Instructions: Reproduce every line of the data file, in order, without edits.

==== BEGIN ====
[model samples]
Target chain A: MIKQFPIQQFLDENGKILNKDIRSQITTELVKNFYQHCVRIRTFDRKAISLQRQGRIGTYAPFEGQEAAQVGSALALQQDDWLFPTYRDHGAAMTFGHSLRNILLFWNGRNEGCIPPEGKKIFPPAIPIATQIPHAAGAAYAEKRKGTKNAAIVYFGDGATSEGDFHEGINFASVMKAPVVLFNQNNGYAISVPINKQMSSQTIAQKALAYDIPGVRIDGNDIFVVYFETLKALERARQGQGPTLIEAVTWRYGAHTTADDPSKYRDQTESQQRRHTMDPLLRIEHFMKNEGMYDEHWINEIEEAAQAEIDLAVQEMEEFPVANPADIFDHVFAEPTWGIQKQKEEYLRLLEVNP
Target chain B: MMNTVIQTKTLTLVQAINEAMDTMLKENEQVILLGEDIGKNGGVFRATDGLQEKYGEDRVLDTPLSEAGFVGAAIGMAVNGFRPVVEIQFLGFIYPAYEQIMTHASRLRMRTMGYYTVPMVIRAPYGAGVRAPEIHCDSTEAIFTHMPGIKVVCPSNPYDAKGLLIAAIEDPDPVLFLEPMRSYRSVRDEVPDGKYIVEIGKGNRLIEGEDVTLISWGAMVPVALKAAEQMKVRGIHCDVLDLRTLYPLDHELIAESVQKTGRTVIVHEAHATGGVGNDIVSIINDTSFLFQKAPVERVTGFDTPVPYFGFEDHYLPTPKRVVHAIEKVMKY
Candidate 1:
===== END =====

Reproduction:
[model samples]
Target chain A: MIKQFPIQQFLDENGKILNKDIRSQITTELVKNFYQHCVRIRTFDRKAISLQRQGRIGTYAPFEGQEAAQVGSALALQQDDWLFPTYRDHGAAMTFGHSLRNILLFWNGRNEGCIPPEGKKIFPPAIPIATQIPHAAGAAYAEKRKGTKNAAIVYFGDGATSEGDFHEGINFASVMKAPVVLFNQNNGYAISVPINKQMSSQTIAQKALAYDIPGVRIDGNDIFVVYFETLKALERARQGQGPTLIEAVTWRYGAHTTADDPSKYRDQTESQQRRHTMDPLLRIEHFMKNEGMYDEHWINEIEEAAQAEIDLAVQEMEEFPVANPADIFDHVFAEPTWGIQKQKEEYLRLLEVNP
Target chain B: MMNTVIQTKTLTLVQAINEAMDTMLKENEQVILLGEDIGKNGGVFRATDGLQEKYGEDRVLDTPLSEAGFVGAAIGMAVNGFRPVVEIQFLGFIYPAYEQIMTHASRLRMRTMGYYTVPMVIRAPYGAGVRAPEIHCDSTEAIFTHMPGIKVVCPSNPYDAKGLLIAAIEDPDPVLFLEPMRSYRSVRDEVPDGKYIVEIGKGNRLIEGEDVTLISWGAMVPVALKAAEQMKVRGIHCDVLDLRTLYPLDHELIAESVQKTGRTVIVHEAHATGGVGNDIVSIINDTSFLFQKAPVERVTGFDTPVPYFGFEDHYLPTPKRVVHAIEKVMKY
Candidate 1: